Date: 2011–09
  16. By: Ricardo Monge-González; Juan A. Rodríguez-Alvarez; John Hewitt; Jeffrey Orozco; Keynor Ruiz
    Abstract: This paper studies the degree to which innovation by Costa Rican manufacturing firms creates or displaces employment, how different innovation strategies affect employment, and how these effects vary by firm size and type of employment demand characteristics (skills and gender). In particular the research focuses on the differential effects of product and process innovations on employment growth. Particular attention is paid to identifying innovation impacts on employment generation by SMEs (small and medium-sized enterprises).
    Keywords: Science & Technology :: Research & Development, Labor :: Workforce & Employment, Private Sector :: SME, Science & Technology :: New Technologies, Innovation, employment, skills, genders, SMEs, Costa Rica
    JEL: O31 O38
    Date: 2011–10
  17. By: Vitanova Ivana (COACTIS - Université Lumière - Lyon II : EA4161 - Université Jean Monnet - Saint-Etienne)
    Abstract: This paper studies the effect of entrepreneurial optimism on the renegotiation procedure outcome in the case of financially distressed companies. We model a three actor renegotiation procedure whit a realistic bank, an optimistic entrepreneur and a trade supplier (who is an optimistic entrepreneur himself). We show that optimism enables a renegotiation procedure even when immediate liquidation is socially optimal. We also show that realistic actors (banks) can exploit the divergence in beliefs with optimistic entrepreneurs in order to obtain premature repayment, while optimistic trade suppliers support the company since they believe that the project has great chances to succeed. Hence, we explain by this idea some empirical evidence over private renegotiation results and player's behavior.
    Keywords: optimism, debt renegotiation
    Date: 2011–05–11
  18. By: Cardoso, Cristiane (University of Algarve)
    Abstract: In a globalized and increasingly competitive market, the organization of micro and small enterprises in network structures warrants the survival and competitiveness of companies and consequent development of the regions where they act. The “Empreender Project” has been a key factor for the recent develop the enterpreneurial network in Santa Catarina State, Brazil. This articles searches for the followed mechanisms and instruments for cooperation in the particular case study of AETUR.
    Keywords: networks; enterprises; SME; entrepreneurship
    JEL: L26
    Date: 2011–03–31
  19. By: Michael Wyrwich
    Abstract: This paper investigates regional sources of entrepreneurial opportunities of knowledge-intensive start-up activity. Thereby it is investigated whether it makes a difference if the knowledge-intensive sector is a newly emerging industry compared to the case where its location across space could develop already over a long period of time. The analysis is on knowledge-intensive business services (KIBS) in East and West Germany in the 1990s. At the time of German re-unification in 1990s in the former socialist East Germany no KIBS sector existed in contrast to West Germany. The findings indicate that being new to the region makes a difference. Note: My other choice was to submit this paper for an R-Session.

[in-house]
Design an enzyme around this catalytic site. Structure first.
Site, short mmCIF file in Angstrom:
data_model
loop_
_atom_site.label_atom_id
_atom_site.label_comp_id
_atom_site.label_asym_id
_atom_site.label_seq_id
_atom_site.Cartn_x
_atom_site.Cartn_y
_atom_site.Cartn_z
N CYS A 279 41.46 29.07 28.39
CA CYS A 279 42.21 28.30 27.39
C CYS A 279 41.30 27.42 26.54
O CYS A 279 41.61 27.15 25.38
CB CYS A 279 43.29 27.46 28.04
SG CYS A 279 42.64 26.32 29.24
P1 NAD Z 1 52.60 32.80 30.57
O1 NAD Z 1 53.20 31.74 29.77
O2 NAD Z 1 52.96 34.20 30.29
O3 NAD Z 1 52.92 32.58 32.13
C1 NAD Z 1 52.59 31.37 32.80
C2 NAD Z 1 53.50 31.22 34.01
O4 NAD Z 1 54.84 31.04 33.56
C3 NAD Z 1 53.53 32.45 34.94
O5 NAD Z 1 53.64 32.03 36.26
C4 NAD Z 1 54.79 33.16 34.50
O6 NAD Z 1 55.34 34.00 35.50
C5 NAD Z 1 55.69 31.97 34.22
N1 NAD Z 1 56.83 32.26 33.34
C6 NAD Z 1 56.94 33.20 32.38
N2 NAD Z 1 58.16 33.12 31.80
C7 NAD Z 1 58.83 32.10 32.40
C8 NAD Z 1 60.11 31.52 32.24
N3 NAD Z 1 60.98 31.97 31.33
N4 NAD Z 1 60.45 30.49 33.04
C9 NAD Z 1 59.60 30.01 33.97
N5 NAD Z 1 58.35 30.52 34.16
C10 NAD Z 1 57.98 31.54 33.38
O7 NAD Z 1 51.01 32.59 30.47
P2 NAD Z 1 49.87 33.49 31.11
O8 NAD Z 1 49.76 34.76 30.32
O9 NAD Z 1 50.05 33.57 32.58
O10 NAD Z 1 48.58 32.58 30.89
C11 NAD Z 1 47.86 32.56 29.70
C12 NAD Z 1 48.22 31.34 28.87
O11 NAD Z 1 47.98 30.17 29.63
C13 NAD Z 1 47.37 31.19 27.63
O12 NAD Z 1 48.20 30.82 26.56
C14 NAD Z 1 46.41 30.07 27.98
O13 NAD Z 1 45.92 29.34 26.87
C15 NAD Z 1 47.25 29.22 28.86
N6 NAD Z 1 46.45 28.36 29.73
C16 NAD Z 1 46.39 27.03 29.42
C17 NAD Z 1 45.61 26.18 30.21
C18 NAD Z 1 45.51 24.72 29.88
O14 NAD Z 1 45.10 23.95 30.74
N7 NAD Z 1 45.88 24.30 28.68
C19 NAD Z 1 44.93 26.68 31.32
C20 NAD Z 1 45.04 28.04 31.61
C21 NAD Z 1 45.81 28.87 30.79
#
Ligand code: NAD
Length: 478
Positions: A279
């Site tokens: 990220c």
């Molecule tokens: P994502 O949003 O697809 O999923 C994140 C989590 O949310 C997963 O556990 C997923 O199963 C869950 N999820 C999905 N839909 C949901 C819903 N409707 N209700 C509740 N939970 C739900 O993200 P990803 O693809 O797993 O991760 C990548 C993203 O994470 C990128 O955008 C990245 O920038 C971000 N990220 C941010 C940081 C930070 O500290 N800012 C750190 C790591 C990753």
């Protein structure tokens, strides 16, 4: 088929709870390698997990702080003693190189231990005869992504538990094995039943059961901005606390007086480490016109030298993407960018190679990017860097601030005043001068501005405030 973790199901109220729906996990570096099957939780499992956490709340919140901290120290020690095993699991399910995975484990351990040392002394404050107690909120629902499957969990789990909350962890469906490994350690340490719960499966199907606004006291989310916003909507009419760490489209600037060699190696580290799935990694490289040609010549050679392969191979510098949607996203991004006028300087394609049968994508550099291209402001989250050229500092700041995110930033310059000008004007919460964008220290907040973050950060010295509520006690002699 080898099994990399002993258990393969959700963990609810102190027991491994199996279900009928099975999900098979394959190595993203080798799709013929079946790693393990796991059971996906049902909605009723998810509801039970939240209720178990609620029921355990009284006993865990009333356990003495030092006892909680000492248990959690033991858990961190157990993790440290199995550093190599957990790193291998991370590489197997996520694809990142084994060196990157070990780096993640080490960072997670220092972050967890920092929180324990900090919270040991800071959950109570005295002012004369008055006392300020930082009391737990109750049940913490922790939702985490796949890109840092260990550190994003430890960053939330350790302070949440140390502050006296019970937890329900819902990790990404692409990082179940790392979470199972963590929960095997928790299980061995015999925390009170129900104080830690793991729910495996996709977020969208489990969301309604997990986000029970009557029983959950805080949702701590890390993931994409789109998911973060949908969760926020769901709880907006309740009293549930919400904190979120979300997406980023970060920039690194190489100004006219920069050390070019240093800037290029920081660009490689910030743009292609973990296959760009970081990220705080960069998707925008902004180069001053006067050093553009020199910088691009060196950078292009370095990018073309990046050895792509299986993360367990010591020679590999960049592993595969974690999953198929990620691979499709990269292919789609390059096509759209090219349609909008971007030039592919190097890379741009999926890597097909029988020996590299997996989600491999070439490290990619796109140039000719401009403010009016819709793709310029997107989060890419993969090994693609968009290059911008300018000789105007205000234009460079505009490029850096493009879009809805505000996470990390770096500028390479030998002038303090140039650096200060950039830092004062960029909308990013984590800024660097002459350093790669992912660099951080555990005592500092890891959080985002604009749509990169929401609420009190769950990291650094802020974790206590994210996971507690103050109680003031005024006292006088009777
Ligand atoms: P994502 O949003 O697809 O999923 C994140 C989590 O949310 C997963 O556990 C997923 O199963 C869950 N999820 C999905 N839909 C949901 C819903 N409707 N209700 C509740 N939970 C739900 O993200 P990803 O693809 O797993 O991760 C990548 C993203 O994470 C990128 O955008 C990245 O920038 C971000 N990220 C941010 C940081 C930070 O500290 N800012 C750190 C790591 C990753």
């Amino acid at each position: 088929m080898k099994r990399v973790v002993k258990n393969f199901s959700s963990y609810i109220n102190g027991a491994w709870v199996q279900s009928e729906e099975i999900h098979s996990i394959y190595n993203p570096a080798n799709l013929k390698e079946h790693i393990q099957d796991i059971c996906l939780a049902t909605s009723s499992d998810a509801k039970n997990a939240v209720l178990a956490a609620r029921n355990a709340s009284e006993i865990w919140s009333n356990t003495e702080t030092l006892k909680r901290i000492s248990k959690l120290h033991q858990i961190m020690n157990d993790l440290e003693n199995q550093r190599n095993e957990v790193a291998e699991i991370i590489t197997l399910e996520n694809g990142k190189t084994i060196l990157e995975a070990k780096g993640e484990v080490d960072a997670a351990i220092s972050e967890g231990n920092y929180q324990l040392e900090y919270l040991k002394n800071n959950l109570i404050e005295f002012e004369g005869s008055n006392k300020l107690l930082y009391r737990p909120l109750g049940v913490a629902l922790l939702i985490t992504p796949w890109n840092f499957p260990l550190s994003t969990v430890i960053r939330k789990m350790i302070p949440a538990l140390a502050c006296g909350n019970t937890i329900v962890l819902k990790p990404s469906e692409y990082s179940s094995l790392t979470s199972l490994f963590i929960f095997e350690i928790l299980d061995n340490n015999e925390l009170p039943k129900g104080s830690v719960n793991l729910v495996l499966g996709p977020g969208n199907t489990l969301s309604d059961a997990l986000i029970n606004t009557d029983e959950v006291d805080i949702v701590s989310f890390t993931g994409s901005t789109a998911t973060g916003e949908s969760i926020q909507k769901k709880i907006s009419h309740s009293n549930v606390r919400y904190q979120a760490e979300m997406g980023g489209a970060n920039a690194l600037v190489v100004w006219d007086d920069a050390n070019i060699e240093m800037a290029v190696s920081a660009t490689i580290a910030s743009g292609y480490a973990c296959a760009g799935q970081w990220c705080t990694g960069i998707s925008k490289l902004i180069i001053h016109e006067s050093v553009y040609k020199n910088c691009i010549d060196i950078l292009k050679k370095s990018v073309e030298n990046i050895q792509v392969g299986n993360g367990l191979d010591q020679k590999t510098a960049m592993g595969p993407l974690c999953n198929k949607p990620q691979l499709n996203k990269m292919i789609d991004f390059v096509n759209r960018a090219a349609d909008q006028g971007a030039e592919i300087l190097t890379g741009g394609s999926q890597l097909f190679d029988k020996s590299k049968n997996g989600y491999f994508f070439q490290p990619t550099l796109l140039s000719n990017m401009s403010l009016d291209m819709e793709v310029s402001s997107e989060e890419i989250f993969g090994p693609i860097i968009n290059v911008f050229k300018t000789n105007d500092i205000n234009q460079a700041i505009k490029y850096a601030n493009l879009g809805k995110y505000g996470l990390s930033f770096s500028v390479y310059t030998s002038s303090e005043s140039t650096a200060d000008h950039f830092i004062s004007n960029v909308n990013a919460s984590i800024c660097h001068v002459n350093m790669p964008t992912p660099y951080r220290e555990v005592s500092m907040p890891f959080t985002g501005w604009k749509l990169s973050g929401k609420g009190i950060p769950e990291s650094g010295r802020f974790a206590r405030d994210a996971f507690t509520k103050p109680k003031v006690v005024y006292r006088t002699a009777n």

Date: 2011–09
  20. By: Federico Pablo-Marti; Antonio García-Tabuenca; José Luis Crespo-Espert
    Abstract: The participation of women in entrepreneurial activity forty years ago was virtually an exception. However, nowadays this is an important economic and social phenomenon, with an outstanding impact on the dynamics of both advanced and emerging economies. This is significant not only from a quantitative viewpoint. The fact that female personal features, motives and managerial methods differ from those of men gives a new and interesting perspective –which is still subject to debate- to the analysis regarding training and consolidation of enterprises. Gender-related differences can be the vehicle to introduce innovative aspects that could be influential in the uncertain and changing economic environment after the current crises, particularly in those fields where business output is related to the quality of life. Adopting a previous regional model as a basis of study, we analyse in this work the characteristics that differentiate entrepreneurial women in Spain on the grounds of data collected from an own drafted survey regarding the entrepreneurial activity (607 complete questionnaires) carried out in 2009. The results obtained indicate the coexistence of two different types of entrepreneurial women. The first group gathers those women whose enterprises show, generally speaking, a similar sectoral distribution to that of the whole productive fabric, although with a slight tendency to be more present in services activities. Their characteristics and attitudes are, in general, quite similar to those registered among entrepreneurial men and many of these women come from entrepreneurial families. The second group is mainly made up of entrepreneurial women –frequently with family burdens and low qualified- devoted to services, particularly personal services and retail trade. Technological and managerial characteristics of companies managed by the entrepreneurial women belonging to this group differ substantially from the average of the economy, with a much more traditional and less innovative profile.